| By Rick Cook
Even if you get the expected ROI from your new Customer Relationship Management system, it doesn't mean you've gotten the maximum out of it. By observing a few simple principles and fine-tuning your processes you can make your CRM project even more productive, probably in ways that aren't immediately obvious. Here are some recommendations to get more payback from your CRM investment.
Make Sure It Is Actively Used
The biggest barrier to CRM payback is lack of active and full adoption. Over and over again, companies who did not achieve their investment goals report that the users either aren't fully or faithfully using the CRM system. Far too many times users simply go through the motions, entering the bare minimum, and often maintaining information outside the CRM application—in email systems, paper documents, Excel spreadsheets or even redundant shadow systems.
Remember that fundamentally Customer Relationship Management is a cooperative effort between the staff, management and IT. All of them have to work together, and all of them have to enjoy benefits of the system, to make the application deliver on its goals.
This takes planning, continuous effort, systemic measurement and constant revisions. Above all, you've got to make sure staff are embracing the business system and not circumventing it. Part of that is making sure the system is easy to use and really helps the users. But part of it is also monitoring and making sure people are employing it.
"If you're not using the customer management reports, call people on it," says Barry Moltz, a writer, speaker and consultant on small business based in Chicago, IL. Moltz suggest taking it a step further. "If it's not recorded in the CRM system it didn't happen," he suggests. "Whatever happened in the CRM system is the reality." In other words, the CRM system should be the master record that everything else depends on.
Look For New Advantages
Implementing a CRM system is a learning process. As CRM software brings information into focus and gives you a broader view of your customers, it opens new opportunities to improve your business and your bottom line.
CRM systems suggest new opportunities by collating data that previously existed in separate silos. By interrogating that data and applying that information intelligently you can find new opportunities to improve internal business processes, serve customers and increase profits.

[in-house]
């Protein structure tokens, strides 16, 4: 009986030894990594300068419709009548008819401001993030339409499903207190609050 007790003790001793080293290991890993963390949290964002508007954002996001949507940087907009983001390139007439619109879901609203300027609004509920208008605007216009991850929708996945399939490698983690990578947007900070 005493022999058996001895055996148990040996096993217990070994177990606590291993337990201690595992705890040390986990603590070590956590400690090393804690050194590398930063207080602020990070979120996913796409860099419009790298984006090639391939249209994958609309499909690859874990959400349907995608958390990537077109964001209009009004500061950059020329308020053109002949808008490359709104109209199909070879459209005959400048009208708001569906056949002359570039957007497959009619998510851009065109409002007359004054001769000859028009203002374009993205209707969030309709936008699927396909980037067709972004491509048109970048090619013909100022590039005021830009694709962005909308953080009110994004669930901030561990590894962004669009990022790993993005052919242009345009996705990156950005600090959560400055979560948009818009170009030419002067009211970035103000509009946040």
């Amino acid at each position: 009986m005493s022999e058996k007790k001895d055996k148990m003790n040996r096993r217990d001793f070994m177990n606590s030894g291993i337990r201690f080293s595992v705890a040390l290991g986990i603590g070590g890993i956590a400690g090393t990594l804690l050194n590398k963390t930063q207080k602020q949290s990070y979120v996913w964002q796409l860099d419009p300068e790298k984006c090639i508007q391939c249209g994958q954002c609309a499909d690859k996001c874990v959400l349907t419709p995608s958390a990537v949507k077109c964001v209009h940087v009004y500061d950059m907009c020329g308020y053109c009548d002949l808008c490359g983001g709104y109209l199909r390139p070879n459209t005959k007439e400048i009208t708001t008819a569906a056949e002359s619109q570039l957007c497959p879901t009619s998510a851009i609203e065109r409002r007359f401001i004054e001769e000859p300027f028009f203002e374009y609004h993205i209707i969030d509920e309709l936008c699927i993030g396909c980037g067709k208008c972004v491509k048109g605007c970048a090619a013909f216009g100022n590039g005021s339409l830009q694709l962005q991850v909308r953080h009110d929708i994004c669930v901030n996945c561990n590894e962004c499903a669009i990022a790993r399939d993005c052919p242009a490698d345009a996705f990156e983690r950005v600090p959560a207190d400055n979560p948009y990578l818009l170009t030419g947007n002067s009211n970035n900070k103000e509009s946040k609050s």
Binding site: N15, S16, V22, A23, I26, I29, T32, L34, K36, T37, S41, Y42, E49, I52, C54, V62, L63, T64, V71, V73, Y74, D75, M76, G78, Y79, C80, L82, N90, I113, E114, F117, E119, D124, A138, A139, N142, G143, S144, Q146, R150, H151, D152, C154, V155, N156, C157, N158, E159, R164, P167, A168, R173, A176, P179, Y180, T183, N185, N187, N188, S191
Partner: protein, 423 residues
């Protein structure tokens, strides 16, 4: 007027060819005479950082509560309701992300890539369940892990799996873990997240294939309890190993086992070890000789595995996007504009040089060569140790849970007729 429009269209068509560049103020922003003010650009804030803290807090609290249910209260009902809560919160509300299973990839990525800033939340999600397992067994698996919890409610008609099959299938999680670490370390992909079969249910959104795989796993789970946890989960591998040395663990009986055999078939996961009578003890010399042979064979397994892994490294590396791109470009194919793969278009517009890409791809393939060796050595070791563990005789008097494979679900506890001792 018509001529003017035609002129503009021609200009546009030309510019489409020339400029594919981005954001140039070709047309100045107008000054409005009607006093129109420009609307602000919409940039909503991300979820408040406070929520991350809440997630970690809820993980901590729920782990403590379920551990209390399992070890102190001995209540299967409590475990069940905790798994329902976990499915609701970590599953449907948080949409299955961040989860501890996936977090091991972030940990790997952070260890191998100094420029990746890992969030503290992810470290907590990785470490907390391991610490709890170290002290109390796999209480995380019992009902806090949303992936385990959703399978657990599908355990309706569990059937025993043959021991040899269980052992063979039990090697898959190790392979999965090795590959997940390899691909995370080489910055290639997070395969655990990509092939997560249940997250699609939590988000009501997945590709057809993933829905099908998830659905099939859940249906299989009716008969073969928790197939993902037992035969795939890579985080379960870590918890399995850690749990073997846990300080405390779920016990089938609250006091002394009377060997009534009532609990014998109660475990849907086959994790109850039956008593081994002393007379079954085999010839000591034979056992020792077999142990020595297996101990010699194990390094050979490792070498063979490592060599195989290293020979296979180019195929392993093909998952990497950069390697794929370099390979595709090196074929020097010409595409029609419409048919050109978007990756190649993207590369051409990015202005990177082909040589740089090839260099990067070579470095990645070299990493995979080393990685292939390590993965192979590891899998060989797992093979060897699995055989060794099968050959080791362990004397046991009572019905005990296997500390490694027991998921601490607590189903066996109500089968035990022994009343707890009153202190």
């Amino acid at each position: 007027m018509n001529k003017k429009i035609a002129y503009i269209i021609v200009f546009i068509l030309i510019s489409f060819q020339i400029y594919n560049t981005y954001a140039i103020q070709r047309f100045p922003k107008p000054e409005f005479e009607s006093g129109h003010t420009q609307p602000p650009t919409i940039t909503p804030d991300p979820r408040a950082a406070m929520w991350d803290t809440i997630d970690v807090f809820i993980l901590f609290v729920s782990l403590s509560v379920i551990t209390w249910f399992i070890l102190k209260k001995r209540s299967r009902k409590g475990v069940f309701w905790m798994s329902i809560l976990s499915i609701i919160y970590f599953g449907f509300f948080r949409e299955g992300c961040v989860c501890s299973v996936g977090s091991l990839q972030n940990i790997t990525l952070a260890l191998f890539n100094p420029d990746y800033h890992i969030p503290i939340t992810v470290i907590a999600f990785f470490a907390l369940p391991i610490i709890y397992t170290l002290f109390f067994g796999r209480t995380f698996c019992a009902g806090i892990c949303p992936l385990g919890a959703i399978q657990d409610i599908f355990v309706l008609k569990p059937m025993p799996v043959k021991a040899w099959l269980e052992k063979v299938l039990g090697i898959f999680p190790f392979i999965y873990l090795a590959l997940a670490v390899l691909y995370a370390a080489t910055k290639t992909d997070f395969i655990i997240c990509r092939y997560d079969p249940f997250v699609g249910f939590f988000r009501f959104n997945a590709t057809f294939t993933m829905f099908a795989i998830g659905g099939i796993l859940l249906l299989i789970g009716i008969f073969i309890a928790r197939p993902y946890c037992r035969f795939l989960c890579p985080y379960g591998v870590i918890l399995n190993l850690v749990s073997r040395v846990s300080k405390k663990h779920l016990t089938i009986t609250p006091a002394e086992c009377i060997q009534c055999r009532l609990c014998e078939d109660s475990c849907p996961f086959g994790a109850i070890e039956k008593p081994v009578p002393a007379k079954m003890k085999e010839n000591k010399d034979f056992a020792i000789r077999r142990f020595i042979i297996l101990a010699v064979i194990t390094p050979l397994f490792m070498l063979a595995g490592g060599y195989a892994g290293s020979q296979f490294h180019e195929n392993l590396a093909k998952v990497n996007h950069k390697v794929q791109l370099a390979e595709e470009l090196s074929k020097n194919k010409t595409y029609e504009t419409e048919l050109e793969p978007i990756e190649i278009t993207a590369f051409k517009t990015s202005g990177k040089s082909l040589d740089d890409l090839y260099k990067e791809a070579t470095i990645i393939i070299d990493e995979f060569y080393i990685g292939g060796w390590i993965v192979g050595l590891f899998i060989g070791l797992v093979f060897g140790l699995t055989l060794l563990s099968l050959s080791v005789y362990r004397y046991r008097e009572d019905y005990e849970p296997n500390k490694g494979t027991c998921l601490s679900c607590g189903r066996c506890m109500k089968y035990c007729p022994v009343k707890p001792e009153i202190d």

"Because of the data (in the CRM system) you have a much better sense of what each customer is looking for," says Robert Gorin, a senior director at Getzler Henrich and Associates, a New York City based consultancy. "It's about listening to what the customer is saying so you know what the customer needs ten minutes before they need it."
Gorin cites the example of a company that sells printer ink cartridges. "You should be able to figure out how often I buy ink," he says. "Wouldn't it be great if two days before the ink runs out the supplier sends you an email saying 'by our records you should be about out of black ink—and fortunately we've got a great promotion on?" Combining that message with an easy to use order form would build business by leveraging the information in the CRM system.
Of course, as Gorin points out, in order to make use of the opportunities provided by the information in your CRM system it is necessary to actually do something with it. That means analyzing the information to find opportunities and then acting on them.
Diligently Manage Project Scope
One of the keys to a high-ROI CRM project is relentless focus on project scope and knowing when you're done with each implementation phase. CRM software is an enormously flexible tool with a lot of potential and it's easy to keep adding things to the project as you go along.
At best this puts an added strain on the budget and schedule and at worst the project becomes swamped with additions that have little or less direct impact on company objectives and financial return.
Since CRM projects tend to evolve as they are implementing this is a balancing act. You need to carefully separate the proposed "nice to haves" from the "proposed must-haves" and begin by implementing only those which you absolutely must have. Managing scope, and preventing scope-creep, are critical to achieving the highest priority initiatives.
"Don't boil the ocean as they say," says Ray Simon, a principal of ENPIO, a San Francisco, CA, consultancy.
"Know when a project is over," advises Michael Krigsman, CEO of Asuret Inc., a Brookline, MA consultancy. "On some projects you end up with scope creep. You start with a clear business case and good implementation, but you keep adding features. So the final project doesn't resemble what you began with."
The other point is to understand that there is probably going to be a Version 2 of your CRM system down the road. "I like to say you'll never know less about CRM than you do now because your CRM system is going to grow," Simon says. As you use your CRM system you will learn the strengths and weaknesses and probably see better ways of doing things. When it comes time to upgrade, modify or replace your CRM system you can use that learning curve to understand what features you really need to add.
Categories: CRM Improvement
Tags: CRM ROI, CRM payback
Author: Rick Cook